Here’s an unusual formula for pi based on the product and least common multiple of the first *m* Fibonacci numbers.

Unlike the formula I wrote about a few days ago relating Fibonacci numbers and pi, this one is not as simple to prove. The numerator inside the root is easy enough to estimate asymptotically, but estimating the denominator depends on the distribution of primes.

**Source**: Yuri V. Matiyasevich and Richard K. Guy, A new formula for π, American Mathematical Monthly, Vol 93, No. 8 (October 1986), pp. 631-635.

Fascinating… Another one of those “how would anyone even think of that?”

Assuming I didn’t screw up my little Mathematica experiment, I don’t think this formula is ever going to be very popular. It does look like it converges (I didn’t really doubt that), but not very quickly…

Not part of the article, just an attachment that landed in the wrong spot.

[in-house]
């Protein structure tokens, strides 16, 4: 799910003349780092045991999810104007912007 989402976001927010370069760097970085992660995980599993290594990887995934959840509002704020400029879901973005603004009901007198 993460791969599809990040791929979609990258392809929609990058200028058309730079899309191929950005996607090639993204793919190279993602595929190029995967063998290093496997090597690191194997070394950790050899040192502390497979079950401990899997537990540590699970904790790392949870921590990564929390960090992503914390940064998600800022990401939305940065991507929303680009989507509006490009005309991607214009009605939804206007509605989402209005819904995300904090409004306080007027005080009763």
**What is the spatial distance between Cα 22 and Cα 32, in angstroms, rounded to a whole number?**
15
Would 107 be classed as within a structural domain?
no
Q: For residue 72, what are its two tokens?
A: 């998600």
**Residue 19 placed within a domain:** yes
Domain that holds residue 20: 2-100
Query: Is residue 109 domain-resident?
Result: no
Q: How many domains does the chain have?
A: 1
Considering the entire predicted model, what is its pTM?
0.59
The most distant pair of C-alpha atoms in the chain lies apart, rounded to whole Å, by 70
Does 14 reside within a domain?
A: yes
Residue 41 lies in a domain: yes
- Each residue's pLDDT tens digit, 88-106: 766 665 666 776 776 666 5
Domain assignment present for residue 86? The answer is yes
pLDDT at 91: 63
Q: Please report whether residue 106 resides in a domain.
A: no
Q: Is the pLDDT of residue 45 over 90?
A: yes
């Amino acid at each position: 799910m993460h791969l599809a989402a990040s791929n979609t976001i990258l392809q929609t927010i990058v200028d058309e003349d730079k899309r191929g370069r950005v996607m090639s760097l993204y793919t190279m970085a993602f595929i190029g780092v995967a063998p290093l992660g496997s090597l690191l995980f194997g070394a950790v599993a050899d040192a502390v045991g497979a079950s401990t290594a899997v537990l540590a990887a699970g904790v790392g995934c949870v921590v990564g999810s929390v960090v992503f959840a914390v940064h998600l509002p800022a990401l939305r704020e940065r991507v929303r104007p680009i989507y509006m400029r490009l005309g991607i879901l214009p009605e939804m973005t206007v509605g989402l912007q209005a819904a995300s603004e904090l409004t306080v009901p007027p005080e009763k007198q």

{

{1000, 3.13672},

{2000, 3.1388},

{3000, 3.14007},

{4000, 3.14062},

{5000, 3.14057},

{6000, 3.14091},

{7000, 3.14097},

{8000, 3.14096},

{9000, 3.14115},

{10000, 3.14117}

}

>> “how would anyone even think of that?”

I guess the form presented here has been “solved for pi”. Originally, it probably stated:

lim log(F_1…F_M) / log lcm(F_1, …, F_M) = π² / 6,

in which π²/6 is the number also appearing as ζ(2), i.e. the sum of inverse squares.

Since the least common multiple can be seen as being “equal to the product but with redundant prime factors removed”, this is just a statement about how many factors the Fibonacci numbers have in common. It can be interpreted very vaguely as “every ζ(2)th prime factor in the product F_1…F_M is redundant”. The number ζ(2) itself is related to prime numbers by

ζ(2) = Π_p p² / (p² − 1),

where the product is over all primes.

Thanks Jerome, that helps